I'm a college student going for a degree in social work, and work with NeuroDiversity Consulting to shed light on issues through that lens.
I am also neurodivergent, having been diagnosed with Asperger's Syndrome (and working on a re-diagnosis) in my very early childhood. Most of my life has been spent seeing things through that different -- not wrong or broken, but different -- lens and filter.
I was that girl who would go on and on about particular interests -- some of which changed from year to year -- and devoured books in my spare time. I was the one trying to wrestle in this neurotypical-ruled world with my differences, and with how they changed my outlook on life. That dilemma evolved into my interest in special education and advocacy. Children receiving special education services can benefit from having a staff member in their corner who went through similar struggles. My experiences help me understand, and I care enough to help tailor curriculum and learning methods to meet student needs. I struggled with many elements in my elementary school life. I want to help in any way I can so students don't have to go through that themselves. If I can help even one student, that's worth it for me.
What/who (else) am I? In short, I'm not only a neurodivergent social work student, but a musician, writer, artist, disability advocate, and much more. I'm autistic, but that's not all I am -- it's just the way I see the world.
by Liza Citron
As teachers are going back to school, many might have an autistic or otherwise neurodivergent child in their class -- perhaps for the first time. Educators might reasonably wonder where to begin in tailoring the classroom experience to that child -- connecting to the child as an entirely new experience for the teacher. How different is the autistic experience to the neurotypical one? How does autism affect a child in their formative years? What changes should be made for the child to help them connect to the curriculum and the teacher, and to help them succeed? These are all questions teachers might be asking themselves as the “mad rush” to prepare for the school year comes into full swing.
All these questions may seem daunting to the teacher, especially ones new to their classroom. Everything comes down to paying attention to and carefully observing the child -- and, of course, listening to what they may tell you. Careful observation can tell you what the child’s most significant struggles are, and conversely, what their greatest successes or strengths are or maybe in the future.
As an autistic adult, I don’t personally know the neurotypical experience. I can, however, compare my autistic experience with descriptions from neurotypical friends and family members. My perspective helps provide insight into neurotypical and neurodivergent experiences that impact the classroom.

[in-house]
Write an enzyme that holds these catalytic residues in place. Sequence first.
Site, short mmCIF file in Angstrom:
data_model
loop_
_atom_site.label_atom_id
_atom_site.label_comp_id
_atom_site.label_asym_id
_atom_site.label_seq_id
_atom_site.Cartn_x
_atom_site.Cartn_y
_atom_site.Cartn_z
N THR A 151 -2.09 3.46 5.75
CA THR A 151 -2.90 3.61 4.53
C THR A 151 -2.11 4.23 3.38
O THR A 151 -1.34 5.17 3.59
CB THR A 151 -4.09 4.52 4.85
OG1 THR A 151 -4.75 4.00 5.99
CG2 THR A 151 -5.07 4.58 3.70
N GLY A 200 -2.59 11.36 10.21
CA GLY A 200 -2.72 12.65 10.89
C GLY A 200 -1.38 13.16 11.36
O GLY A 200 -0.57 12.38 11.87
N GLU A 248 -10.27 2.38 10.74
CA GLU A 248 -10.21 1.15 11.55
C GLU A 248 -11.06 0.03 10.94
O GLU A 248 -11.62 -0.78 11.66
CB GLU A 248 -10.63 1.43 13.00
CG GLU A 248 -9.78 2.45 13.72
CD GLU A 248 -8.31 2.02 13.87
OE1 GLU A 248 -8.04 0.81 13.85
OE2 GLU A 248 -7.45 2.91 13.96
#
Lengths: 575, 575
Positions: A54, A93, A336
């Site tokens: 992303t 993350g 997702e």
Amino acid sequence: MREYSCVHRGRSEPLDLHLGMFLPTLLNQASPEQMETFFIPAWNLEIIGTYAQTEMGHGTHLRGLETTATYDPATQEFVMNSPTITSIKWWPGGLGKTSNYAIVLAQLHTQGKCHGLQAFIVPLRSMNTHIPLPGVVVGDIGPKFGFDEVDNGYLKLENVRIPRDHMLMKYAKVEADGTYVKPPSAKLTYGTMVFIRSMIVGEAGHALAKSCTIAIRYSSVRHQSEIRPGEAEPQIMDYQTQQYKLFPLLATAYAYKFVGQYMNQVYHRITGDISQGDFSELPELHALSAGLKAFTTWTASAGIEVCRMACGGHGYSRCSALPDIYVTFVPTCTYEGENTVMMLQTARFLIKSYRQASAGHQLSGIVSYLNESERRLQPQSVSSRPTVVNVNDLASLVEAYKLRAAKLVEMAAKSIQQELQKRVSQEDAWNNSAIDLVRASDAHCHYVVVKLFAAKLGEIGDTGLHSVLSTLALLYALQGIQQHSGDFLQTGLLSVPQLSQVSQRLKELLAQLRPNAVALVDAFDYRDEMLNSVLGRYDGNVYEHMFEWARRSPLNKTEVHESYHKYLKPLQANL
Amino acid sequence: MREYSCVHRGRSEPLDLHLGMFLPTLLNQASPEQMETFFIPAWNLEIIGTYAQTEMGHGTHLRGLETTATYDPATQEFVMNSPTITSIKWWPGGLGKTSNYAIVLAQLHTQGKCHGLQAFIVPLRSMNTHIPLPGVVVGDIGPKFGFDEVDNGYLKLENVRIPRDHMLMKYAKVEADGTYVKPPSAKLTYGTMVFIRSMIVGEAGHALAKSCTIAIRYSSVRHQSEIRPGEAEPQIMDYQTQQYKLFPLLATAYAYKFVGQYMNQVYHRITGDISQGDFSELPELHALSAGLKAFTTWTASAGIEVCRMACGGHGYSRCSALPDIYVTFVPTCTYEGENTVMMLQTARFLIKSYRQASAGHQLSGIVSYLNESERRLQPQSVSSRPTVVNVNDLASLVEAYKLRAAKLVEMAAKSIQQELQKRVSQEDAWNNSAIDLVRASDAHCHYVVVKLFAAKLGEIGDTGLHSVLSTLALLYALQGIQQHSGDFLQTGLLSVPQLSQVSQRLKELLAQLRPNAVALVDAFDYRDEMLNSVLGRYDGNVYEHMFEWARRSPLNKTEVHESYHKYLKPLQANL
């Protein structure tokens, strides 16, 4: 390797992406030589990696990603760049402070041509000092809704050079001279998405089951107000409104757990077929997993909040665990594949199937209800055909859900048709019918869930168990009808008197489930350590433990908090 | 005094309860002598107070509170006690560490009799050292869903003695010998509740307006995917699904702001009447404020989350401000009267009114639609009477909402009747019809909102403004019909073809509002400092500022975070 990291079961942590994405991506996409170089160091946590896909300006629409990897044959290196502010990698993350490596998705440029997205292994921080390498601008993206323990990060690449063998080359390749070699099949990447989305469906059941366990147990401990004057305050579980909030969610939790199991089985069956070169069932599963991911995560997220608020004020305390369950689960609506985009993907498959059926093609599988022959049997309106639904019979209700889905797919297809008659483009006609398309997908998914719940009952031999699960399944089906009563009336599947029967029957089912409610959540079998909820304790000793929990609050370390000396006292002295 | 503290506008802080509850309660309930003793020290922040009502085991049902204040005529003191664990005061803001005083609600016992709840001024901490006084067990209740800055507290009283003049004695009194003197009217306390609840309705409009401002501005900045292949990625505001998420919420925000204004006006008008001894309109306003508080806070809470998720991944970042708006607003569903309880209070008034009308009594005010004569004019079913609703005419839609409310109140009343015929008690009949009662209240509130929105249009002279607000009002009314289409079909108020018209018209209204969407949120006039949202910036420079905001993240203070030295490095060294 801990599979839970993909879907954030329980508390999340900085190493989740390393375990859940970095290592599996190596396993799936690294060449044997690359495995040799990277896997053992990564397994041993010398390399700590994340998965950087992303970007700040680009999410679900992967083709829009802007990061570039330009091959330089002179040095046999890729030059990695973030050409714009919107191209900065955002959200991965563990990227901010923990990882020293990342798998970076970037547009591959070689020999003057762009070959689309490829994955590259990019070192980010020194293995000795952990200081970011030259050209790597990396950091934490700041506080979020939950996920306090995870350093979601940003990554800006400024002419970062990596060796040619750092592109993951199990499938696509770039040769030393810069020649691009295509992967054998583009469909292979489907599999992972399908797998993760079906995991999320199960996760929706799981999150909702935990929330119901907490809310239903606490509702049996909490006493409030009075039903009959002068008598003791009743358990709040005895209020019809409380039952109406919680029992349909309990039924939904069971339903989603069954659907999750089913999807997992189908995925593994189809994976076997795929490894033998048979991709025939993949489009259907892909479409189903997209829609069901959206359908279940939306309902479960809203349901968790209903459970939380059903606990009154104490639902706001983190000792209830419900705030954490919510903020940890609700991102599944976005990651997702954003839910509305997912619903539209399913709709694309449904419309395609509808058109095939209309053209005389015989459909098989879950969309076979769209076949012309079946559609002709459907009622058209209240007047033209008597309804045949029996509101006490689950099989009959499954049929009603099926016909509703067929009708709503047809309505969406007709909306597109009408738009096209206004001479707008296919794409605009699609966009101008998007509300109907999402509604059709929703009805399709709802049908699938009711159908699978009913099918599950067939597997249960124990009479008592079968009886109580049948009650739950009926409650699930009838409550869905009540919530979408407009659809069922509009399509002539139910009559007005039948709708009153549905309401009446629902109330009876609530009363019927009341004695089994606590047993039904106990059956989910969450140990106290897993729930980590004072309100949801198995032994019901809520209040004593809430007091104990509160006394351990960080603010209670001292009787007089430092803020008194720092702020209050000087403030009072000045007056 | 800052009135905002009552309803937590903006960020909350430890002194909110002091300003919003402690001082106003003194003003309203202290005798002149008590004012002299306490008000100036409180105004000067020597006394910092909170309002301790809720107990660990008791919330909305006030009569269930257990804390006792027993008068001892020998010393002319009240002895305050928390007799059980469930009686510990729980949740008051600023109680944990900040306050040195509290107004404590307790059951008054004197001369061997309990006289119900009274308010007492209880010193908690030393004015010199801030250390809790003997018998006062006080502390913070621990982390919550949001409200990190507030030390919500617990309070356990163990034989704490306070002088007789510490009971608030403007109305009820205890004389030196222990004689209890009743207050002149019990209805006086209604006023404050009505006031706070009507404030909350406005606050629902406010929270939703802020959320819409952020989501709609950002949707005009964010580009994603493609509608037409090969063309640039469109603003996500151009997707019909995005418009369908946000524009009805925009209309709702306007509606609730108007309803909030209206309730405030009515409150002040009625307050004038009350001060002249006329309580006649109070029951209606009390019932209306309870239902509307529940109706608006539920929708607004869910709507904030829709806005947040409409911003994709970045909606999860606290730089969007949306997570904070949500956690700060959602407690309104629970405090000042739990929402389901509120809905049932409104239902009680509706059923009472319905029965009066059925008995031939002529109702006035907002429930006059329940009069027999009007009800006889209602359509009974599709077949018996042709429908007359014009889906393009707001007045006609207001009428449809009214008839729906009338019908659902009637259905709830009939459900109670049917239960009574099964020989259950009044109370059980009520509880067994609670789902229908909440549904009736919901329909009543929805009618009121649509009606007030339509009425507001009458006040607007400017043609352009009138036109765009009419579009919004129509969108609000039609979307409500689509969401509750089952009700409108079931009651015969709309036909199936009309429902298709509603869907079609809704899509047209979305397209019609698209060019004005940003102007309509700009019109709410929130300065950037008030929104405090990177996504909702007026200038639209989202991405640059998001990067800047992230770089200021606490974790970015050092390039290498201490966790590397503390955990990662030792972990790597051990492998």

One of the main differences I have noted is the capacity for sensory input and susceptibility towards over-stimulation. Things neurotypicals might not even notice can be “deafening,” if you will, to an autistic individual -- and can cause either shutdown or meltdown, depending on the situation. As such, the best learning/work environment for many autistic people, and neurotypical people is one with the least sensory stimuli possible. In such a situation, it is easier to maintain concentration, and much easier to lower anxiety levels, both of which provide a more productive mental state.
Another difference to consider, especially with young children, is the theory of mind -- seeing situations from another’s perspective. Theory of mind is an aspect of human behavior and neurology that is important in relationship building and learning. Contrary to what some may think autistic people are not insensitive to what others need or want. However, it can often be difficult for us to see those needs and wants in the context of a situation. Providing an environment for role-play, or anything that requires “characters” can often help develop a person’s understanding of the theory of mind.
Every individual, autistic or not, will have their levels and specifics of needs, struggles, and strengths. The above are just two of the multitude of ways in which the autistic experience can differ from the neurotypical one. Taking the time to learn, understand, and account for these individual aspects allows educators to set themselves and their students up for success in the new school year.
Neurodiversity Rewires Conventional Thinking About Brains
Save the date for this fall's autism resource fair with the Syracuse City School District. Interested vendors can sign up to participate here.
Parent University Fall Conference and Autism Resource Fair
Saturday, October 5, 2019